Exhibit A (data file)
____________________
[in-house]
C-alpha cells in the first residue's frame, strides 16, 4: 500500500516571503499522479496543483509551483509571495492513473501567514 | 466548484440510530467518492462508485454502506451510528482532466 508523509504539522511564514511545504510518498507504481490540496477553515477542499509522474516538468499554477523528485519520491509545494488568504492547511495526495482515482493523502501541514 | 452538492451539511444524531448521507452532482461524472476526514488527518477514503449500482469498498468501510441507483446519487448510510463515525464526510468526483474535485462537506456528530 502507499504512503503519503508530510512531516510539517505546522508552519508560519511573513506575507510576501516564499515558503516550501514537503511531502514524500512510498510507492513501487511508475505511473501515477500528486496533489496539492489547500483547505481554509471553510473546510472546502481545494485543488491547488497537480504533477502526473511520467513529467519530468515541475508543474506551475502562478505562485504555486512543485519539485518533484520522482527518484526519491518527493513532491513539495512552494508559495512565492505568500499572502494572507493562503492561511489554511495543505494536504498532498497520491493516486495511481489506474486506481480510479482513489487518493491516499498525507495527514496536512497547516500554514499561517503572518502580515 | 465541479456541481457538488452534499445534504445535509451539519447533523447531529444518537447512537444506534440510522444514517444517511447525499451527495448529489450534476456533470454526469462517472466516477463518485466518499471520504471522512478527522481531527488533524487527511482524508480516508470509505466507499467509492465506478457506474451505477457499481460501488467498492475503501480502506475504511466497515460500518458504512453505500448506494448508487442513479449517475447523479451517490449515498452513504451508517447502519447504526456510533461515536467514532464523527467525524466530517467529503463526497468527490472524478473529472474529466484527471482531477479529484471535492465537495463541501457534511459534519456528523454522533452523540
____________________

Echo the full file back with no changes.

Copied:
[in-house]
C-alpha cells in the first residue's frame, strides 16, 4: 500500500516571503499522479496543483509551483509571495492513473501567514 | 466548484440510530467518492462508485454502506451510528482532466 508523509504539522511564514511545504510518498507504481490540496477553515477542499509522474516538468499554477523528485519520491509545494488568504492547511495526495482515482493523502501541514 | 452538492451539511444524531448521507452532482461524472476526514488527518477514503449500482469498498468501510441507483446519487448510510463515525464526510468526483474535485462537506456528530 502507499504512503503519503508530510512531516510539517505546522508552519508560519511573513506575507510576501516564499515558503516550501514537503511531502514524500512510498510507492513501487511508475505511473501515477500528486496533489496539492489547500483547505481554509471553510473546510472546502481545494485543488491547488497537480504533477502526473511520467513529467519530468515541475508543474506551475502562478505562485504555486512543485519539485518533484520522482527518484526519491518527493513532491513539495512552494508559495512565492505568500499572502494572507493562503492561511489554511495543505494536504498532498497520491493516486495511481489506474486506481480510479482513489487518493491516499498525507495527514496536512497547516500554514499561517503572518502580515 | 465541479456541481457538488452534499445534504445535509451539519447533523447531529444518537447512537444506534440510522444514517444517511447525499451527495448529489450534476456533470454526469462517472466516477463518485466518499471520504471522512478527522481531527488533524487527511482524508480516508470509505466507499467509492465506478457506474451505477457499481460501488467498492475503501480502506475504511466497515460500518458504512453505500448506494448508487442513479449517475447523479451517490449515498452513504451508517447502519447504526456510533461515536467514532464523527467525524466530517467529503463526497468527490472524478473529472474529466484527471482531477479529484471535492465537495463541501457534511459534519456528523454522533452523540